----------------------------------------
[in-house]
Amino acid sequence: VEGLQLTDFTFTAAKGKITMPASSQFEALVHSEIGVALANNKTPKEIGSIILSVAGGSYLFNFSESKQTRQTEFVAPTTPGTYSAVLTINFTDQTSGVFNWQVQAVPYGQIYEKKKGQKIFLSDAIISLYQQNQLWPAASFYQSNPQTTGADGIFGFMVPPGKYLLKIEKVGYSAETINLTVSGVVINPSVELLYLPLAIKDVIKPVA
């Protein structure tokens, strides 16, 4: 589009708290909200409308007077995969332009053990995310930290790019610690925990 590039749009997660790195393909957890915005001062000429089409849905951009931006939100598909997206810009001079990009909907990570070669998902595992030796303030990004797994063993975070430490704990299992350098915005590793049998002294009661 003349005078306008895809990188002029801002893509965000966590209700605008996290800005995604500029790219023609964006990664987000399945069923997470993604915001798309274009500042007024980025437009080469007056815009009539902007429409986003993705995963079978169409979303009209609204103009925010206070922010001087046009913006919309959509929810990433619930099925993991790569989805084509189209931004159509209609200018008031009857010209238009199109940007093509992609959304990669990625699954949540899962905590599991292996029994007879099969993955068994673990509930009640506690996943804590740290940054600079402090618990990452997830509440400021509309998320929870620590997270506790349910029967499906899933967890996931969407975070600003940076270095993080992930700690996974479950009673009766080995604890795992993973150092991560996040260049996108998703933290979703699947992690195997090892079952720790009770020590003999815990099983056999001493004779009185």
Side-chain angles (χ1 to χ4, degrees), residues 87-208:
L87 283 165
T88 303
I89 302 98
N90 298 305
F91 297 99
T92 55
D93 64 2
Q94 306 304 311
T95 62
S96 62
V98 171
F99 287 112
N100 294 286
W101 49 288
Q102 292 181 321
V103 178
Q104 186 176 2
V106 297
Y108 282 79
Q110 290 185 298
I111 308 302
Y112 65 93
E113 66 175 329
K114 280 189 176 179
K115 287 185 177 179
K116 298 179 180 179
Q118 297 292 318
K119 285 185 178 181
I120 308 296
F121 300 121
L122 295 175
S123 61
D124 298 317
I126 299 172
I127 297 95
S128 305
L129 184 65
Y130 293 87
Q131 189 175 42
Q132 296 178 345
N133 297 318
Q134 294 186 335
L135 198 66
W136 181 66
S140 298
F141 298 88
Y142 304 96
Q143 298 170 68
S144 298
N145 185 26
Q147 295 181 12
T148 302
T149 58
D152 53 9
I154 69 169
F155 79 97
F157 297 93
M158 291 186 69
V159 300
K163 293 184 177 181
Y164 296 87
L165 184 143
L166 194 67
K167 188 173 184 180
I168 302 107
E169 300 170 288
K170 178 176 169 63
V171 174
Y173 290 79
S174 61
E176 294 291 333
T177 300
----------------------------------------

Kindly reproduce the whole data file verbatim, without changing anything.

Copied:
[in-house]
Amino acid sequence: VEGLQLTDFTFTAAKGKITMPASSQFEALVHSEIGVALANNKTPKEIGSIILSVAGGSYLFNFSESKQTRQTEFVAPTTPGTYSAVLTINFTDQTSGVFNWQVQAVPYGQIYEKKKGQKIFLSDAIISLYQQNQLWPAASFYQSNPQTTGADGIFGFMVPPGKYLLKIEKVGYSAETINLTVSGVVINPSVELLYLPLAIKDVIKPVA
């Protein structure tokens, strides 16, 4: 589009708290909200409308007077995969332009053990995310930290790019610690925990 590039749009997660790195393909957890915005001062000429089409849905951009931006939100598909997206810009001079990009909907990570070669998902595992030796303030990004797994063993975070430490704990299992350098915005590793049998002294009661 003349005078306008895809990188002029801002893509965000966590209700605008996290800005995604500029790219023609964006990664987000399945069923997470993604915001798309274009500042007024980025437009080469007056815009009539902007429409986003993705995963079978169409979303009209609204103009925010206070922010001087046009913006919309959509929810990433619930099925993991790569989805084509189209931004159509209609200018008031009857010209238009199109940007093509992609959304990669990625699954949540899962905590599991292996029994007879099969993955068994673990509930009640506690996943804590740290940054600079402090618990990452997830509440400021509309998320929870620590997270506790349910029967499906899933967890996931969407975070600003940076270095993080992930700690996974479950009673009766080995604890795992993973150092991560996040260049996108998703933290979703699947992690195997090892079952720790009770020590003999815990099983056999001493004779009185």
Side-chain angles (χ1 to χ4, degrees), residues 87-208:
L87 283 165
T88 303
I89 302 98
N90 298 305
F91 297 99
T92 55
D93 64 2
Q94 306 304 311
T95 62
S96 62
V98 171
F99 287 112
N100 294 286
W101 49 288
Q102 292 181 321
V103 178
Q104 186 176 2
V106 297
Y108 282 79
Q110 290 185 298
I111 308 302
Y112 65 93
E113 66 175 329
K114 280 189 176 179
K115 287 185 177 179
K116 298 179 180 179
Q118 297 292 318
K119 285 185 178 181
I120 308 296
F121 300 121
L122 295 175
S123 61
D124 298 317
I126 299 172
I127 297 95
S128 305
L129 184 65
Y130 293 87
Q131 189 175 42
Q132 296 178 345
N133 297 318
Q134 294 186 335
L135 198 66
W136 181 66
S140 298
F141 298 88
Y142 304 96
Q143 298 170 68
S144 298
N145 185 26
Q147 295 181 12
T148 302
T149 58
D152 53 9
I154 69 169
F155 79 97
F157 297 93
M158 291 186 69
V159 300
K163 293 184 177 181
Y164 296 87
L165 184 143
L166 194 67
K167 188 173 184 180
I168 302 107
E169 300 170 288
K170 178 176 169 63
V171 174
Y173 290 79
S174 61
E176 294 291 333
T177 300